About 50kms southeast of Olvera lies the village of El Chorro, a place I had heard about through reading the various forums on the internet prior to moving to Spain. So, as it was a nice day, we took a drive out.

The narrow twisting roads to El Chorro bore witness to the recent heavy rains, with mud & rockslides 0n the road so driving with care was very necessary........unless you were spanish of course, in which case its a perfect opportunity to practise your rallying skills. Bless'em!!

The pics show the reservoir, one of three artficial lakes created by a dam, which was built between 1914 and 1921. Apparently, for those of you old enough to remember, this was the location for the film "Von Ryan's Express" starring Frank Sinatra. A few of the pics show a bridge carrying the railway line and a walkway, approximately 100 metres above the reservoir, around the mountain.
The link below describes the area in more detail:

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Tuesday, 18 September 2007

Ronda Bullring

The bullring was opened in 1785 and is one of the oldest and ornate in Spain. Although we are not fans of bullfighting, the arena itself is spectacular and well worth the €6 each entrance. There are 136 columns, forming 68 arches and the upper and lower sections each contain five rows of seating.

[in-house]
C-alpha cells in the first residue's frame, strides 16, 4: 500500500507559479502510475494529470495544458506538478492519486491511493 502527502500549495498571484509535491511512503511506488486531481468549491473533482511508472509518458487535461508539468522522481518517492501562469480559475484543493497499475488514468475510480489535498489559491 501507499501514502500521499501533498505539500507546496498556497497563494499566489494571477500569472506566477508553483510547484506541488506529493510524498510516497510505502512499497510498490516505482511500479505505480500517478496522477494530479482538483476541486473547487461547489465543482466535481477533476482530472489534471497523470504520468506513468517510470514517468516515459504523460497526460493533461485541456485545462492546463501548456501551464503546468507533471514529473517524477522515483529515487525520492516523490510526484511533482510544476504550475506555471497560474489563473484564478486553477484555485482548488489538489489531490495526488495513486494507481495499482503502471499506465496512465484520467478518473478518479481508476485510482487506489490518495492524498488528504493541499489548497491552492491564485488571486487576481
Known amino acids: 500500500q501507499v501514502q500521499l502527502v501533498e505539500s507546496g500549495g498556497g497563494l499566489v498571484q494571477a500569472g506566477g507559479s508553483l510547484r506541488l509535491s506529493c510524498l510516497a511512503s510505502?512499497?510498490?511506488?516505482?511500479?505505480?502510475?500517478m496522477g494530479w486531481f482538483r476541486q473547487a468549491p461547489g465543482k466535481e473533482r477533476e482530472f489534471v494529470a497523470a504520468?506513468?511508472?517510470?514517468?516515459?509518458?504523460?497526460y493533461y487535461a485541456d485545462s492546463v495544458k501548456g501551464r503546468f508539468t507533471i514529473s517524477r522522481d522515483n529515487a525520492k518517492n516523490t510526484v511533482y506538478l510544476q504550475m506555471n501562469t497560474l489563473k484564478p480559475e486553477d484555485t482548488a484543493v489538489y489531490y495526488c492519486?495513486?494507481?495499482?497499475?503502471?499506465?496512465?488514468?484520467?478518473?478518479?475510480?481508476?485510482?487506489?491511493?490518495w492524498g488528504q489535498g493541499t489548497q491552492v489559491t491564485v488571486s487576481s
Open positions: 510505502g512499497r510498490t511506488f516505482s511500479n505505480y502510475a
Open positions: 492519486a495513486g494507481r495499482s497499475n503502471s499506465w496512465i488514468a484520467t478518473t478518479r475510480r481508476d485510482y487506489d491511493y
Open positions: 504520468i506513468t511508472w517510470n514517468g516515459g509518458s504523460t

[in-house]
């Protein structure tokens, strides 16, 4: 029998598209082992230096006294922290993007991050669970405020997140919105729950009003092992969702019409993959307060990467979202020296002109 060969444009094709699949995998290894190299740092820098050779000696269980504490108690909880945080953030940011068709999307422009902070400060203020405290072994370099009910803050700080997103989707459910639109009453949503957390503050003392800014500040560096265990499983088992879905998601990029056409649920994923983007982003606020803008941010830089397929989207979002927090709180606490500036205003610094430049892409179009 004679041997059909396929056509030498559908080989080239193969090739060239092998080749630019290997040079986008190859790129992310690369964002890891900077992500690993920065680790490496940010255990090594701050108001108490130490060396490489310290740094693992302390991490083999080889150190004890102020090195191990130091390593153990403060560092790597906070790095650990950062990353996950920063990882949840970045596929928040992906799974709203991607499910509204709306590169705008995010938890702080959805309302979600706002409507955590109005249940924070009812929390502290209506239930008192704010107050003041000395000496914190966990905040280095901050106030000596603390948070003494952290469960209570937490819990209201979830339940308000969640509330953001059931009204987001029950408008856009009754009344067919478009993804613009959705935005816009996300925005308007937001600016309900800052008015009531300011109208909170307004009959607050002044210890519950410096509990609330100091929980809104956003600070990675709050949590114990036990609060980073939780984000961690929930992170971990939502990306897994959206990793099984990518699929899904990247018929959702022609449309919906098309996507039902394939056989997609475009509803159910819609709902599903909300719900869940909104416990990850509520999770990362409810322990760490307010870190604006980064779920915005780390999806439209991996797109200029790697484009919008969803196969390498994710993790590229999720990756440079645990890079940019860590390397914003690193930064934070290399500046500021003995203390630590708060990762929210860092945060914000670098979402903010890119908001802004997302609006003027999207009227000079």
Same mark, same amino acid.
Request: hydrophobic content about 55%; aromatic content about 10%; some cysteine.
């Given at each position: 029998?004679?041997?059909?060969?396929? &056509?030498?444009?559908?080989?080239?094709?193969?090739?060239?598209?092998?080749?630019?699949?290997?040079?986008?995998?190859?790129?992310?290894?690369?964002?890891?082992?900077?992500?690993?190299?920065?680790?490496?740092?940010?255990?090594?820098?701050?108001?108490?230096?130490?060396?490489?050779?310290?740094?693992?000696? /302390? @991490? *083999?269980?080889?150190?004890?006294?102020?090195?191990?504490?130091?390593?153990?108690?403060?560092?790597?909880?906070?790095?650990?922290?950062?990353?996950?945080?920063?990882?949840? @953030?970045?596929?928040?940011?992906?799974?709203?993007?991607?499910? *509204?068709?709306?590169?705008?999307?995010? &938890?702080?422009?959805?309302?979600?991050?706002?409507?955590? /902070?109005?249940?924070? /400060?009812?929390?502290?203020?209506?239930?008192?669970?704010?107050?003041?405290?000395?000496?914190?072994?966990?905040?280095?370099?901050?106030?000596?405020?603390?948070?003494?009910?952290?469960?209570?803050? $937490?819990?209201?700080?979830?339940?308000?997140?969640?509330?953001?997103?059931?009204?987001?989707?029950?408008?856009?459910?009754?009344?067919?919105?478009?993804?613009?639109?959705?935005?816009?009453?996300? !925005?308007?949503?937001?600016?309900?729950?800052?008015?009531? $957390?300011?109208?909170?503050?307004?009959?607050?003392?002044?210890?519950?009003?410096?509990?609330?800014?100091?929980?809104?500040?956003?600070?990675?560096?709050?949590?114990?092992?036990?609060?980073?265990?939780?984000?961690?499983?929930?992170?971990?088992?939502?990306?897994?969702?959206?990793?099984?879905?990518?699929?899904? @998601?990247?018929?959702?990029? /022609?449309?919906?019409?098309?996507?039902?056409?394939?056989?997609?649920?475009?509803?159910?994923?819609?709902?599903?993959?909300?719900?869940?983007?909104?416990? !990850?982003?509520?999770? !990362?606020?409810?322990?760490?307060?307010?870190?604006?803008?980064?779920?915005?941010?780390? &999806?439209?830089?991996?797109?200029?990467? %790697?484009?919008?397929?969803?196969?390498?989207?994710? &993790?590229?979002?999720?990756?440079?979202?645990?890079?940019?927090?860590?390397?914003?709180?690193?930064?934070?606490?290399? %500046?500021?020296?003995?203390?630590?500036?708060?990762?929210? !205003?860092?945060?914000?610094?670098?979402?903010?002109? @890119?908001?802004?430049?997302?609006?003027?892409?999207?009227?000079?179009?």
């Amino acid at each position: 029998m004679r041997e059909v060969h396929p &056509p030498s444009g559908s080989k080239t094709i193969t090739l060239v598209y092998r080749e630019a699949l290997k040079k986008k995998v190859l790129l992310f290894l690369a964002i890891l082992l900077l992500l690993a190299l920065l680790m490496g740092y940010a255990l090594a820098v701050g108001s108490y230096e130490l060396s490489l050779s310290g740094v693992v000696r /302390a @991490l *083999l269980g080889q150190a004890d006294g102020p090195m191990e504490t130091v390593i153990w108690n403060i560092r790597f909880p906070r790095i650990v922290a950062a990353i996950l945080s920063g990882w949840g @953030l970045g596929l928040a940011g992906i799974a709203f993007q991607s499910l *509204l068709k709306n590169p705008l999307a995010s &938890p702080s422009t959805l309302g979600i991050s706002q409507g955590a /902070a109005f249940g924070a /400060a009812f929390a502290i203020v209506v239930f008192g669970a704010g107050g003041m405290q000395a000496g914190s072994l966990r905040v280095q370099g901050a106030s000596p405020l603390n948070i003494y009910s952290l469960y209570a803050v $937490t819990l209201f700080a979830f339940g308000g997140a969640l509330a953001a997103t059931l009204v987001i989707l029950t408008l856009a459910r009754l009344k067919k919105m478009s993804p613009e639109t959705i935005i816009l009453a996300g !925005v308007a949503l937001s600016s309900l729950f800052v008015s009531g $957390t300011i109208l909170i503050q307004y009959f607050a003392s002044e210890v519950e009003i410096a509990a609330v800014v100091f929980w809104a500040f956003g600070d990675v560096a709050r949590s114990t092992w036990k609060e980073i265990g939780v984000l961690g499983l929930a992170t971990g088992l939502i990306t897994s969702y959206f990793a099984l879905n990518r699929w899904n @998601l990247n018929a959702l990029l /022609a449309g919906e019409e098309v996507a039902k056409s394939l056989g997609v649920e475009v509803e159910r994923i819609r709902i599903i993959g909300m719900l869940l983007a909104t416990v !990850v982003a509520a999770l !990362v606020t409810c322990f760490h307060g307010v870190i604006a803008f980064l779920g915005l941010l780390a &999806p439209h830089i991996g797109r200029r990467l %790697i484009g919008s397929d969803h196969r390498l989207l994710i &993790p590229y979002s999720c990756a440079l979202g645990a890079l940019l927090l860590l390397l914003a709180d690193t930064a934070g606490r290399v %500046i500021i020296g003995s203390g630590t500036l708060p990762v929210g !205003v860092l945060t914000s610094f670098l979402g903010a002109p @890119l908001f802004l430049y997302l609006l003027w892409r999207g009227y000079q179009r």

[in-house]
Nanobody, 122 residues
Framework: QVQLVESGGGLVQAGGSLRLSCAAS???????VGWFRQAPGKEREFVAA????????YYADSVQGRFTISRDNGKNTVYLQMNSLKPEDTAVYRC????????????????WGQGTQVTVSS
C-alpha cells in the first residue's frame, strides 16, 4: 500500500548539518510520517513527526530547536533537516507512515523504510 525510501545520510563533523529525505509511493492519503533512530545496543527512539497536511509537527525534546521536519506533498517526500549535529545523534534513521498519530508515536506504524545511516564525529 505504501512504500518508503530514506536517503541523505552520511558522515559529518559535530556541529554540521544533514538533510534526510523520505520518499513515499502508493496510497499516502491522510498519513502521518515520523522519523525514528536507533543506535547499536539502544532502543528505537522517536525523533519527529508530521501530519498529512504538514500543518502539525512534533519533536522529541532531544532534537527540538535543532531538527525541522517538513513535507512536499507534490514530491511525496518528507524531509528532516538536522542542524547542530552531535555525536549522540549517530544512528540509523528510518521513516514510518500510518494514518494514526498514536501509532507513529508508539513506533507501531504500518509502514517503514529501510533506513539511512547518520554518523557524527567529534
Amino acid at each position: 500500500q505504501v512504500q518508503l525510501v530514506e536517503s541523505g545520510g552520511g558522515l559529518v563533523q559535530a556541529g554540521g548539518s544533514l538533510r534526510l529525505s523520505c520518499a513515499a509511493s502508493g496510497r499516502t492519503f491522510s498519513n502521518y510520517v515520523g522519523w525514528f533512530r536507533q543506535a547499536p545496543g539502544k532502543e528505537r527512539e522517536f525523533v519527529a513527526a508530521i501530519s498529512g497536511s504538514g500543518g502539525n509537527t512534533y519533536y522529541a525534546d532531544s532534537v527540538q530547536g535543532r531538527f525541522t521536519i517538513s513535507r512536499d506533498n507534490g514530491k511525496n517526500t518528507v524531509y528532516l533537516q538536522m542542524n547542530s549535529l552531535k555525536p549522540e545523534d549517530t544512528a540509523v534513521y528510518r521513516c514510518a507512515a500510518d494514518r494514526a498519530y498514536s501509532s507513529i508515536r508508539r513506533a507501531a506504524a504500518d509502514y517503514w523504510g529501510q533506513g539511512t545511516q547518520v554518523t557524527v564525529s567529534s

There is a museum situated underneath the stand area which contains costumes, art and memorabilia depicting the origins and history of bullfighting from times past. Well worth a look but not necessarily to everyone's taste.

A bonus was seeing the young lady with her beautiful puppy, of which she was obviously very proud.......totally spoilt and quite right too.
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Today we took a drive to Ronda, a town about 45kms south of Olvera. We had heard nothing but good things about it, particularly as town for good shops, which pleased Anne no end.

We were not disappointed. We arrived at about 10am and parked in the railway station car park with a view to walking into the town centre, stopping at every clothes, souvenir and gift shop along the way. After about three hours we arrived at the old part of town.....only joking Anne, but there were a good variety of shops and good quality. Luckily, we had left the bank card at home.
As always, the pictures do not do justice but hopefully they give you a flavour of a very beautiful town, in particular the Puento Nuevo bridge over the gorge, for which Ronda is perhaps most famous. If you ever get the chance put Ronda on your places to see.

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Saturday, 15 September 2007

Market day